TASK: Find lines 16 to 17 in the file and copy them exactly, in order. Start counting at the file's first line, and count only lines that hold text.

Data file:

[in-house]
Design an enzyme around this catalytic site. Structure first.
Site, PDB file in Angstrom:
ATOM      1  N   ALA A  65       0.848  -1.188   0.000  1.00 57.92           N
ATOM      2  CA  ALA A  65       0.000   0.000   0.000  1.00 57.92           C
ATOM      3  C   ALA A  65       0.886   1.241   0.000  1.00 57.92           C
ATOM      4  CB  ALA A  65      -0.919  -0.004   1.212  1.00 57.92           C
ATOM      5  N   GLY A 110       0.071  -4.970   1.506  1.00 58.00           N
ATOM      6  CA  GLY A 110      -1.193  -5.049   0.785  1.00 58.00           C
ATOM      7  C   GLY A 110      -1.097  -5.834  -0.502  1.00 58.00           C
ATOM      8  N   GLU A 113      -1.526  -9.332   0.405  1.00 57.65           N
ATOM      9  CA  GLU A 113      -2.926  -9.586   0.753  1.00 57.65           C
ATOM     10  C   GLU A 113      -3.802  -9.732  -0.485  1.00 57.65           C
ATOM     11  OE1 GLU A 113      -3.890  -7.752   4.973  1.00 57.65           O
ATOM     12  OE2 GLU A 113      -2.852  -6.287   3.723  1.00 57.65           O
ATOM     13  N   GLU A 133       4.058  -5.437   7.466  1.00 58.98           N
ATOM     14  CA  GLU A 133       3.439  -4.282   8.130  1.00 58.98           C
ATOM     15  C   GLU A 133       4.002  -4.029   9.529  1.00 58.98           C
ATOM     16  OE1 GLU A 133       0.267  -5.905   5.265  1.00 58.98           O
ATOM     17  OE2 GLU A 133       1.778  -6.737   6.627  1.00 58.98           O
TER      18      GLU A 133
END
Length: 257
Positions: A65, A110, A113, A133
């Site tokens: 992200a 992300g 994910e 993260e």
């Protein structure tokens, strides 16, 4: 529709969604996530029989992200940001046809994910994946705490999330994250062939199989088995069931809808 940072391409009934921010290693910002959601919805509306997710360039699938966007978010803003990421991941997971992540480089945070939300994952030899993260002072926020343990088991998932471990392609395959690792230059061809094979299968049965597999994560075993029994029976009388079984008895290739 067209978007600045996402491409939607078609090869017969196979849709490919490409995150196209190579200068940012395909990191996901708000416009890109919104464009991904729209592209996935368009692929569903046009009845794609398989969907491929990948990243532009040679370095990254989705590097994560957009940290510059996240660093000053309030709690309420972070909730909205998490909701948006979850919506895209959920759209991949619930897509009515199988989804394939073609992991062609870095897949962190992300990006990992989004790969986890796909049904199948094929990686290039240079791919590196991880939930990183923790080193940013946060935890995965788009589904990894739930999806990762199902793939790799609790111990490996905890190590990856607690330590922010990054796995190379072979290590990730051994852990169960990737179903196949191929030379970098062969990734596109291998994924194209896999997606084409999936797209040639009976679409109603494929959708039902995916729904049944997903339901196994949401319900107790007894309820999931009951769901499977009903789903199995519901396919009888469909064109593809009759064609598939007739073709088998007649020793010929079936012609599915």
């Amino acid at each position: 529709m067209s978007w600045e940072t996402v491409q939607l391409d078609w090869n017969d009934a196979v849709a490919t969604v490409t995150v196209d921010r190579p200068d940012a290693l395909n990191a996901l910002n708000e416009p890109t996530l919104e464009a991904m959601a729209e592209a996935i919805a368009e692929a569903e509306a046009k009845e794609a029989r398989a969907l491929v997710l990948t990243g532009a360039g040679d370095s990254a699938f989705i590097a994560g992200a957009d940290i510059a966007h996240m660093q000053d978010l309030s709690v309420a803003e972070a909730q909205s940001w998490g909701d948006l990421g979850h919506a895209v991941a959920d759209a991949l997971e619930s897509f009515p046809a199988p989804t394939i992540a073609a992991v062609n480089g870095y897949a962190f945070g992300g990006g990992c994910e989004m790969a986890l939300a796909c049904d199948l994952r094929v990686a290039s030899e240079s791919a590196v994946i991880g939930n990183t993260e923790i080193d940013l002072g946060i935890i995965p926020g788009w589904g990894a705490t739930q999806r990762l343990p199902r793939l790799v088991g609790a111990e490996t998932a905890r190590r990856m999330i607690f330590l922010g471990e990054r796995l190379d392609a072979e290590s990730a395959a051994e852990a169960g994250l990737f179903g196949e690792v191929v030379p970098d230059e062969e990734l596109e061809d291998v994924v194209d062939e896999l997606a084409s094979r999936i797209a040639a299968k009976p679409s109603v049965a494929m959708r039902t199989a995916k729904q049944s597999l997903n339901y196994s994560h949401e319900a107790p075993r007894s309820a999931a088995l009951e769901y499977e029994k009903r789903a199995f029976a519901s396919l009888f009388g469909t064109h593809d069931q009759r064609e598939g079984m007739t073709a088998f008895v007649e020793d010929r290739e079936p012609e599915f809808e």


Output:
ATOM     13  N   GLU A 133       4.058  -5.437   7.466  1.00 58.98           N
ATOM     14  CA  GLU A 133       3.439  -4.282   8.130  1.00 58.98           C